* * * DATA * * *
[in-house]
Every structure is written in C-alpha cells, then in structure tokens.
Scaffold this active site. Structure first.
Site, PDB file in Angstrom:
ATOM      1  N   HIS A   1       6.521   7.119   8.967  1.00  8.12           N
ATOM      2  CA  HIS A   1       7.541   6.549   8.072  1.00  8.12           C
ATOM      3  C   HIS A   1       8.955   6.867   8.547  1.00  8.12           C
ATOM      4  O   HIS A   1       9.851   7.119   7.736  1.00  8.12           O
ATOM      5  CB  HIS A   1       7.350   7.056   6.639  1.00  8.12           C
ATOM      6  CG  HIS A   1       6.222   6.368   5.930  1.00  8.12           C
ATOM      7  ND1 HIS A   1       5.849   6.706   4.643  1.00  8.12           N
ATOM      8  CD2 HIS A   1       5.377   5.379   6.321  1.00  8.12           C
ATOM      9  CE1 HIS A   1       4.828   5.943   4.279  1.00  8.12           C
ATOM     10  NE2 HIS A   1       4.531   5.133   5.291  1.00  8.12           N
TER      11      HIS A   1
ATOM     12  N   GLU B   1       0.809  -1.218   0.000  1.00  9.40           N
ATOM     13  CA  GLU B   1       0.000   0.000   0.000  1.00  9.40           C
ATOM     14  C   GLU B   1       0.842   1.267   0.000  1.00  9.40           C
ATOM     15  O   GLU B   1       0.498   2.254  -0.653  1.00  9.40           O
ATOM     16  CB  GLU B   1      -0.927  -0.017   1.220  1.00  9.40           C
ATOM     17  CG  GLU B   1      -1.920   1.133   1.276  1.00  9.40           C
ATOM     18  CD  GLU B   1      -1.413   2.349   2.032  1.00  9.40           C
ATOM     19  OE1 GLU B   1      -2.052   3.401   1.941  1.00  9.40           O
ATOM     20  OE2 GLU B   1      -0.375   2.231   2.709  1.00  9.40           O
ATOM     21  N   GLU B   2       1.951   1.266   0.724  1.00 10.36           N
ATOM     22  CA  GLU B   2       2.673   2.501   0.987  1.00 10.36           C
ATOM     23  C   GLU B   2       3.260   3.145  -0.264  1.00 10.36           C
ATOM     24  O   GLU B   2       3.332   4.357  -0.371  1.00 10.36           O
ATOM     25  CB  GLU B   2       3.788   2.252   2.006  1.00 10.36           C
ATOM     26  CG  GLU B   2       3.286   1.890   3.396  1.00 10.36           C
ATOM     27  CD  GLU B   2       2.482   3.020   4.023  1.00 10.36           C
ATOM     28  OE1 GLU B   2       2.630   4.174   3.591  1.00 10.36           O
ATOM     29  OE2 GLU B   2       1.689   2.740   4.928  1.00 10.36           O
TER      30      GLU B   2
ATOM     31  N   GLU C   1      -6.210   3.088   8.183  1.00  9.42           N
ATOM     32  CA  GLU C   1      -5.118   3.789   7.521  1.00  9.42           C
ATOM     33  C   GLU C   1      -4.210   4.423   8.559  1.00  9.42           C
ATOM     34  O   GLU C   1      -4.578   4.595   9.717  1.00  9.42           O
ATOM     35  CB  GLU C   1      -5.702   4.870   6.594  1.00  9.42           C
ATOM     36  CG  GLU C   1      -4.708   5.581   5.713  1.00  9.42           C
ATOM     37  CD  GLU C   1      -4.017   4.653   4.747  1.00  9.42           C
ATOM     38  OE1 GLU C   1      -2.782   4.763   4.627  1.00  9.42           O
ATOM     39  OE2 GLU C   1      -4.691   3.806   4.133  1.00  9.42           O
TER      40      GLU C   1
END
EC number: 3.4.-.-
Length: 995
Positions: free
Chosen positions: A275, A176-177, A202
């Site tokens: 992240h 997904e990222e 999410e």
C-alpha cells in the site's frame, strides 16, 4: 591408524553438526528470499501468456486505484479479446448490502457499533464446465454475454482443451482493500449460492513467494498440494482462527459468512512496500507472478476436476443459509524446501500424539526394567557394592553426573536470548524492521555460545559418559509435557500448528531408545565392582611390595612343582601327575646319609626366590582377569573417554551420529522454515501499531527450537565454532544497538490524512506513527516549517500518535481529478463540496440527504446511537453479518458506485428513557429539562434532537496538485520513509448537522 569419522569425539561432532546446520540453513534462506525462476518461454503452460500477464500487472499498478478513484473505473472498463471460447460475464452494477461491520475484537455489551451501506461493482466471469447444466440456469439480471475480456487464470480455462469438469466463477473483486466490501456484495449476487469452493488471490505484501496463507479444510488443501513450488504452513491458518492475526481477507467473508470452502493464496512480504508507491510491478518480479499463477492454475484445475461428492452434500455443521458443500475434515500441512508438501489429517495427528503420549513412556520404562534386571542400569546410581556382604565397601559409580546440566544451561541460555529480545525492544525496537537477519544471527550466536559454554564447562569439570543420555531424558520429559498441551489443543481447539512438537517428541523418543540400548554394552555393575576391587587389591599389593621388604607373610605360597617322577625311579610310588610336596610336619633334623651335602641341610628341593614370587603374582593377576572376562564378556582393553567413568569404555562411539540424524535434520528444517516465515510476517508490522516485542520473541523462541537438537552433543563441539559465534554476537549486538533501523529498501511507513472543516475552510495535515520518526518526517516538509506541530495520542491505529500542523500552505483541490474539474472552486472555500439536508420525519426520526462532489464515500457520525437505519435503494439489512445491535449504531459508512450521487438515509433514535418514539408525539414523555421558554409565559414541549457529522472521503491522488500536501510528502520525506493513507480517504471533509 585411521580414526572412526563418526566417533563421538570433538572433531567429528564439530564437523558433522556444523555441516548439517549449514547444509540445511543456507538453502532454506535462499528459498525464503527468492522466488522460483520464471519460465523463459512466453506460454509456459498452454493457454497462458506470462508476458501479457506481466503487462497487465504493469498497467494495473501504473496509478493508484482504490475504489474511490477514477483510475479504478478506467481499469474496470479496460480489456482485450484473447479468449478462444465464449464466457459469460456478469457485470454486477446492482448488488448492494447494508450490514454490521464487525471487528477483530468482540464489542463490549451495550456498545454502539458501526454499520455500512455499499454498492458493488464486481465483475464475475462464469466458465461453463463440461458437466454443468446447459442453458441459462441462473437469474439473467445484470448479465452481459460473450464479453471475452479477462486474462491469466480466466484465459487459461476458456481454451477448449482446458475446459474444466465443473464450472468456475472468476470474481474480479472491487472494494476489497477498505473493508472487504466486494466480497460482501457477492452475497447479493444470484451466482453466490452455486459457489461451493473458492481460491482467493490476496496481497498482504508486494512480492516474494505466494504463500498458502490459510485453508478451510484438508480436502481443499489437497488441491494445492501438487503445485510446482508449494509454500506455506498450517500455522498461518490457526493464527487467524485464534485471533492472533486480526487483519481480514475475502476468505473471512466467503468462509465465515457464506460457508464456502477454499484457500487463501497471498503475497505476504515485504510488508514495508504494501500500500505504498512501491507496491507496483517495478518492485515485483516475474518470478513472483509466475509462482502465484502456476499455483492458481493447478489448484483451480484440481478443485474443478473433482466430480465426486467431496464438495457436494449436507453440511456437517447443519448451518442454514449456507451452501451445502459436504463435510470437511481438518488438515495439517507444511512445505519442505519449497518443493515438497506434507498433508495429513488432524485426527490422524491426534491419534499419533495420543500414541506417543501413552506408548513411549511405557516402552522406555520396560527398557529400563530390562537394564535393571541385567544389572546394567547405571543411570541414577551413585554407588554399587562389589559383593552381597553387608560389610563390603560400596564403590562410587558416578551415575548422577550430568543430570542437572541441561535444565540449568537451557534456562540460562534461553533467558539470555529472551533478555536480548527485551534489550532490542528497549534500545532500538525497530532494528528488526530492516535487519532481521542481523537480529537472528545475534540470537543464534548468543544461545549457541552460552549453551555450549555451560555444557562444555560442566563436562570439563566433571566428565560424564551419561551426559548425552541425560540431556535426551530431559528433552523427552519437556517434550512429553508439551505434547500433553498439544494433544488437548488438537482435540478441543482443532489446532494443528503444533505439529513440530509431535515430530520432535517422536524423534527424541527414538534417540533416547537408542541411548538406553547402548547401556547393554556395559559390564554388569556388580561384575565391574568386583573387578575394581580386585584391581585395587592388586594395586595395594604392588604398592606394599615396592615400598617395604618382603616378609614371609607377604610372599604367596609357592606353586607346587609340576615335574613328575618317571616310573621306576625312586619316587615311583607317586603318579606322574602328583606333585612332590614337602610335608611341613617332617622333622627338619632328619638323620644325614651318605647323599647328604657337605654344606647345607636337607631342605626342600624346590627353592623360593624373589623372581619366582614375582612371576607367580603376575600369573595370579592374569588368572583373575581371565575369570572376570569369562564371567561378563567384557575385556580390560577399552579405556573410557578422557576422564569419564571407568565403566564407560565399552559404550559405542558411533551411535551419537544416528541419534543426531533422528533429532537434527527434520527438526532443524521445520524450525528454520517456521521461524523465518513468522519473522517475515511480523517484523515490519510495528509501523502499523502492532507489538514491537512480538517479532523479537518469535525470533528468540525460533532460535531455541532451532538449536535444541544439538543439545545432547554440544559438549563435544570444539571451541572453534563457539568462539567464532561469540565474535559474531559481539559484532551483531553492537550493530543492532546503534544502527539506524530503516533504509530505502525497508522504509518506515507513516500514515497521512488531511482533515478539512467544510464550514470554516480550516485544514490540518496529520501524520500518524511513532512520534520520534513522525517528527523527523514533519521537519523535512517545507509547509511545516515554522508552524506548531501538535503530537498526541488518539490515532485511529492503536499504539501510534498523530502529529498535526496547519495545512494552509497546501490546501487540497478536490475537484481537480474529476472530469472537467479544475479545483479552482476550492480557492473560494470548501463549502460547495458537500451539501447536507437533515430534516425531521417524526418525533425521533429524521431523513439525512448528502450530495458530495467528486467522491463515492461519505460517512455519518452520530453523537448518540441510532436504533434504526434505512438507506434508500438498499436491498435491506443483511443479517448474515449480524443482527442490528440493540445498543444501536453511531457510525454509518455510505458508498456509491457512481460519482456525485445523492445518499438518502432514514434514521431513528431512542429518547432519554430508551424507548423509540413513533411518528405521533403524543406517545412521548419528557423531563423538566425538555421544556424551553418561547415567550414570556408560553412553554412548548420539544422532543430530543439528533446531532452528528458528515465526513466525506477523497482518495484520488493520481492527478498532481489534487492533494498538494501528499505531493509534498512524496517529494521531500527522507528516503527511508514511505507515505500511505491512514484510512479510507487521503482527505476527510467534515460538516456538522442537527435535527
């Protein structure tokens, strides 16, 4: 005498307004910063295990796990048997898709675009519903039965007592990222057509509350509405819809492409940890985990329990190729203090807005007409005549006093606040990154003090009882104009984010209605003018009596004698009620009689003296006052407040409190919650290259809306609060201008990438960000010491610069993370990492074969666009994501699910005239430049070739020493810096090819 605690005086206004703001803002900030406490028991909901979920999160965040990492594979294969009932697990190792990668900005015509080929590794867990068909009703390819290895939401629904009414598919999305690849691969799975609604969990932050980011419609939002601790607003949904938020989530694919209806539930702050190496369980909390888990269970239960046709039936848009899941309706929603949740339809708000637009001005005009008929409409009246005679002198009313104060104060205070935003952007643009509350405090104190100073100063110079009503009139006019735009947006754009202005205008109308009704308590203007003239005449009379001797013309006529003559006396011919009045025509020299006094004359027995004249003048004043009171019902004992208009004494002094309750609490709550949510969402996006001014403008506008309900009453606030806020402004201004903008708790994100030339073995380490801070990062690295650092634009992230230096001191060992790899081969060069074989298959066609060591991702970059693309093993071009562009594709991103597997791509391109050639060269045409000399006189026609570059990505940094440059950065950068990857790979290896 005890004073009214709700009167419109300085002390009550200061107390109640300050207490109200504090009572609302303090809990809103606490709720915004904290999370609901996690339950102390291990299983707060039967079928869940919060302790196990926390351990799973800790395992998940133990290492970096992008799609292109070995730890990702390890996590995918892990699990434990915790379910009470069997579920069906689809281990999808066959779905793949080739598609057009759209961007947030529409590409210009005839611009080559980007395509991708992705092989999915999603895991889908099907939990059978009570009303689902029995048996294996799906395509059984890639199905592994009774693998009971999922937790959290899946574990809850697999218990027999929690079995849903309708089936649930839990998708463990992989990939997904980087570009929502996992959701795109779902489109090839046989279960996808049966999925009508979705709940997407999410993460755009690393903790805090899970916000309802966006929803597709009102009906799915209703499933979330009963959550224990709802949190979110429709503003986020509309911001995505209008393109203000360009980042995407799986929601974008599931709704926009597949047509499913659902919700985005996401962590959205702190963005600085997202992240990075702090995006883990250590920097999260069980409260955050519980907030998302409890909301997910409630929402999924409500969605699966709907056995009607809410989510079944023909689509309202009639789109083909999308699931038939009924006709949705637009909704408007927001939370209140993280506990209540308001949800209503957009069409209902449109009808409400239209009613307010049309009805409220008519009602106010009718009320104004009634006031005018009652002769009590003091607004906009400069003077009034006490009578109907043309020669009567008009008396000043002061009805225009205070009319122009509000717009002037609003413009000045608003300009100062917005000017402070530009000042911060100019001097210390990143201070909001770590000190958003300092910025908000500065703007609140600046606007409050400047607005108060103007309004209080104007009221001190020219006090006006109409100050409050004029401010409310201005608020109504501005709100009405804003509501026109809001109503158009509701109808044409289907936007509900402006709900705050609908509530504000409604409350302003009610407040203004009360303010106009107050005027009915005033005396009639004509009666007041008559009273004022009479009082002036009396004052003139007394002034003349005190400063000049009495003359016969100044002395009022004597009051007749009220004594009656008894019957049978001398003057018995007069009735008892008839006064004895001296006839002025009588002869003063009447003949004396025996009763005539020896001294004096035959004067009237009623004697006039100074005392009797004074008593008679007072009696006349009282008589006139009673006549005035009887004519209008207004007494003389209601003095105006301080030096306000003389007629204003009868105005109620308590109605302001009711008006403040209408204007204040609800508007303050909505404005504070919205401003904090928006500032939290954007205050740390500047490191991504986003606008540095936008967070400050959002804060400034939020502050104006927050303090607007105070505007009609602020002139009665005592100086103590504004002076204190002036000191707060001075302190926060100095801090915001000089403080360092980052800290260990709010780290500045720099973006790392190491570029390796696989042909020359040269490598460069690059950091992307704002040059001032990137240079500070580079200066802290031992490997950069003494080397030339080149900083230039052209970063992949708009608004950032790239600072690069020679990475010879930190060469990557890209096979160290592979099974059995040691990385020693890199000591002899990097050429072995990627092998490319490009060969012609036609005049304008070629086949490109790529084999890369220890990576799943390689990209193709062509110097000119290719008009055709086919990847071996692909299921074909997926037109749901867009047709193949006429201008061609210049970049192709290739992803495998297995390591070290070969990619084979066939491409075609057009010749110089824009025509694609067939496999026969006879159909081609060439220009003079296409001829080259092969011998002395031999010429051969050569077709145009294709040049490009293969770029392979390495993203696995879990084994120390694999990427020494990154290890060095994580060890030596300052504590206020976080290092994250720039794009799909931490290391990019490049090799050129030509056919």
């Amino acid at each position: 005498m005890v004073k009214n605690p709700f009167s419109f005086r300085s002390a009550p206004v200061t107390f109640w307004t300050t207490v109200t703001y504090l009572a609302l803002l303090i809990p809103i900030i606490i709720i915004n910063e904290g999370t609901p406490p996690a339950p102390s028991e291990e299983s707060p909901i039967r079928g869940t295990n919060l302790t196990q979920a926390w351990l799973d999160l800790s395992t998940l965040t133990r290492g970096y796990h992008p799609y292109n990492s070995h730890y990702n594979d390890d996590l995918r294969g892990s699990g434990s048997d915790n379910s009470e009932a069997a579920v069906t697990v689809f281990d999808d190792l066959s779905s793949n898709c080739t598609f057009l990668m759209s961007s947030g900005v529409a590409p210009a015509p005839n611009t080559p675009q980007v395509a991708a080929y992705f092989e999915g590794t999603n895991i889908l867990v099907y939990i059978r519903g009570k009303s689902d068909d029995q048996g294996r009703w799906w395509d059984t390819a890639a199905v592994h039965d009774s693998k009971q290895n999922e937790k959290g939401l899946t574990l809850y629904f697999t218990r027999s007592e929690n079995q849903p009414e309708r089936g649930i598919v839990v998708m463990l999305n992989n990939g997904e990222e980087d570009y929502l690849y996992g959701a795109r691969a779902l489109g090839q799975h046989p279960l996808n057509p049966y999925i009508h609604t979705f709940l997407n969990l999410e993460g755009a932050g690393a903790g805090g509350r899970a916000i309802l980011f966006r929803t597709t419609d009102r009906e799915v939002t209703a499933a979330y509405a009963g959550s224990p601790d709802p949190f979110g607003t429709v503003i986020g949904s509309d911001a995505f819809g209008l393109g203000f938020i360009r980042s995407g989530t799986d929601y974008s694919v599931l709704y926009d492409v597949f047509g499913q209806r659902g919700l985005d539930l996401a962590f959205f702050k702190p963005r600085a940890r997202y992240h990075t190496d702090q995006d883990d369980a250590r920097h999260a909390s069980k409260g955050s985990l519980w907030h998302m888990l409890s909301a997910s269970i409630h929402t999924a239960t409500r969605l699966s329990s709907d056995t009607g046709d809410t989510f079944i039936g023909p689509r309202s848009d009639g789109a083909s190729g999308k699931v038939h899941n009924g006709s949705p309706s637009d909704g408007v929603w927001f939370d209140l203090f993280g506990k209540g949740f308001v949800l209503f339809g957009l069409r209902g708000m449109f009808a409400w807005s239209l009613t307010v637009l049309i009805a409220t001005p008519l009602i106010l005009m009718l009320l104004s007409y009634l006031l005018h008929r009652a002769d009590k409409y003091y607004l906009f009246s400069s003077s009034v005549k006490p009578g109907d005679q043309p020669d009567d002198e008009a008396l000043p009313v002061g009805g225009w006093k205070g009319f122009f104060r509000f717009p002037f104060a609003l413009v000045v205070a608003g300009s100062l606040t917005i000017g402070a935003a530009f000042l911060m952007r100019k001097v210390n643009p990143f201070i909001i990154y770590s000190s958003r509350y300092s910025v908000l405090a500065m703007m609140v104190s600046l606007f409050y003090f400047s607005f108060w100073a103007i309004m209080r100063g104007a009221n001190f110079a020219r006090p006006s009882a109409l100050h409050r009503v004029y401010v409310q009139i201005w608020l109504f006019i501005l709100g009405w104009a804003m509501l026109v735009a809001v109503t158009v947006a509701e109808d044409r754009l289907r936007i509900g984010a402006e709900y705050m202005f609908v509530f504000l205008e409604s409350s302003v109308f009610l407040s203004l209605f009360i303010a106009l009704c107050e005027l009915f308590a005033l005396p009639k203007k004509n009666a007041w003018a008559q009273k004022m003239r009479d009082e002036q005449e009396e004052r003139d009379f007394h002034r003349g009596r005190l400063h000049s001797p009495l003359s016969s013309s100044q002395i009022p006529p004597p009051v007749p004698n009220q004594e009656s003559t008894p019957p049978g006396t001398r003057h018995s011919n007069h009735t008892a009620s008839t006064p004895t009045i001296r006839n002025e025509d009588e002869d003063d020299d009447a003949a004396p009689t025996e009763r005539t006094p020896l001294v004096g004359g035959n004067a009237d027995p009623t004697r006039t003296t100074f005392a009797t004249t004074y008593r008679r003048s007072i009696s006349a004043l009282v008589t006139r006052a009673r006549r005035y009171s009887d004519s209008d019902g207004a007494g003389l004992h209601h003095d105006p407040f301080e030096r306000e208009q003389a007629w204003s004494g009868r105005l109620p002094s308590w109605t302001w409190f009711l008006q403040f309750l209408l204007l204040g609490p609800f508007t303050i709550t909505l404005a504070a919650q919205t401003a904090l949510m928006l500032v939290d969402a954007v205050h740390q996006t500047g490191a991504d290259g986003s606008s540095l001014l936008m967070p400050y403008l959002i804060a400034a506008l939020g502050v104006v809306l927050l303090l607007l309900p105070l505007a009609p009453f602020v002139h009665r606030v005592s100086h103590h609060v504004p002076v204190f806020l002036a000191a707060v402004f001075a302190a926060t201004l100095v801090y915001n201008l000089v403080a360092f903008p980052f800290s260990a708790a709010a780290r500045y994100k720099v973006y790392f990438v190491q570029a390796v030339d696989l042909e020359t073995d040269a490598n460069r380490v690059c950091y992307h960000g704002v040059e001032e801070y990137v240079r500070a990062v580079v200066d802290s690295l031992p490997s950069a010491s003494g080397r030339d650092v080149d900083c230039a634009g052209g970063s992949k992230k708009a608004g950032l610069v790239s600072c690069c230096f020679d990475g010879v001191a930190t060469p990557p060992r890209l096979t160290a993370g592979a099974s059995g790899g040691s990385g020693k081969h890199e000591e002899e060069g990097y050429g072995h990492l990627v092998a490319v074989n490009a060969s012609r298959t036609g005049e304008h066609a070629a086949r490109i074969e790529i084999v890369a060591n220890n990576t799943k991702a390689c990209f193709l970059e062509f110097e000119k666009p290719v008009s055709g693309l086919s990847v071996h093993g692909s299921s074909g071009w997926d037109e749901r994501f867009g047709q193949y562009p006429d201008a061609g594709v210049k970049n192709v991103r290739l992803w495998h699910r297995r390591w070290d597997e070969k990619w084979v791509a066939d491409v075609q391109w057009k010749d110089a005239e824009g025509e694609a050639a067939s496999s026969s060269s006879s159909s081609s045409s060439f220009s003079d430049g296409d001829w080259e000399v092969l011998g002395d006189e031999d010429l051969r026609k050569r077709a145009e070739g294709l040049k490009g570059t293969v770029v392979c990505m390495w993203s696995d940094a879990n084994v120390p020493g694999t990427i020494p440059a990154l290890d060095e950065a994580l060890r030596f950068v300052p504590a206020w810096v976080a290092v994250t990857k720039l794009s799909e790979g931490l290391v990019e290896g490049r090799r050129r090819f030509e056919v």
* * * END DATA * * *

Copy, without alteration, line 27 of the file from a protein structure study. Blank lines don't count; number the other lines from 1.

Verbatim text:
ATOM     23  C   GLU B   2       3.260   3.145  -0.264  1.00 10.36           C